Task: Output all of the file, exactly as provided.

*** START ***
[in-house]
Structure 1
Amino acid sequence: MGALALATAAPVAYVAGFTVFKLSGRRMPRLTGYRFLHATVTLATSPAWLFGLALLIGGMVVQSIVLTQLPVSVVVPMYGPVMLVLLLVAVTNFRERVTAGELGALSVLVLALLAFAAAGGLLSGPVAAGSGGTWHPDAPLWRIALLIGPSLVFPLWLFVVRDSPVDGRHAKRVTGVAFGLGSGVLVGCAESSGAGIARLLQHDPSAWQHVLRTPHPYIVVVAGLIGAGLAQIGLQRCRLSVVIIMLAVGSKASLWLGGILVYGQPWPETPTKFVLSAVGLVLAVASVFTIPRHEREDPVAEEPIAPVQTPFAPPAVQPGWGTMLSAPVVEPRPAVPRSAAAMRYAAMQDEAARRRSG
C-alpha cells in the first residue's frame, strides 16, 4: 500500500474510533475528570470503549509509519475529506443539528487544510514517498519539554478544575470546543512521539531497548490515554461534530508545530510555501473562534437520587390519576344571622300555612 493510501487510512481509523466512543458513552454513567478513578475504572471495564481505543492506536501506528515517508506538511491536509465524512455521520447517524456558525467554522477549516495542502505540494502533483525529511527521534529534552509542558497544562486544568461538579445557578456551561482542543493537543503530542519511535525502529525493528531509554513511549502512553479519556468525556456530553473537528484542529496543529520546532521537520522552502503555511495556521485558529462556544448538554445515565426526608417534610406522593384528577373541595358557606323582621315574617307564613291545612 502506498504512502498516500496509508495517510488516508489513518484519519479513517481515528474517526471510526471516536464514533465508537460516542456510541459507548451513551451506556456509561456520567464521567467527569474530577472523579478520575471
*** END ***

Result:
[in-house]
Structure 1
Amino acid sequence: MGALALATAAPVAYVAGFTVFKLSGRRMPRLTGYRFLHATVTLATSPAWLFGLALLIGGMVVQSIVLTQLPVSVVVPMYGPVMLVLLLVAVTNFRERVTAGELGALSVLVLALLAFAAAGGLLSGPVAAGSGGTWHPDAPLWRIALLIGPSLVFPLWLFVVRDSPVDGRHAKRVTGVAFGLGSGVLVGCAESSGAGIARLLQHDPSAWQHVLRTPHPYIVVVAGLIGAGLAQIGLQRCRLSVVIIMLAVGSKASLWLGGILVYGQPWPETPTKFVLSAVGLVLAVASVFTIPRHEREDPVAEEPIAPVQTPFAPPAVQPGWGTMLSAPVVEPRPAVPRSAAAMRYAAMQDEAARRRSG
C-alpha cells in the first residue's frame, strides 16, 4: 500500500474510533475528570470503549509509519475529506443539528487544510514517498519539554478544575470546543512521539531497548490515554461534530508545530510555501473562534437520587390519576344571622300555612 493510501487510512481509523466512543458513552454513567478513578475504572471495564481505543492506536501506528515517508506538511491536509465524512455521520447517524456558525467554522477549516495542502505540494502533483525529511527521534529534552509542558497544562486544568461538579445557578456551561482542543493537543503530542519511535525502529525493528531509554513511549502512553479519556468525556456530553473537528484542529496543529520546532521537520522552502503555511495556521485558529462556544448538554445515565426526608417534610406522593384528577373541595358557606323582621315574617307564613291545612 502506498504512502498516500496509508495517510488516508489513518484519519479513517481515528474517526471510526471516536464514533465508537460516542456510541459507548451513551451506556456509561456520567464521567467527569474530577472523579478520575471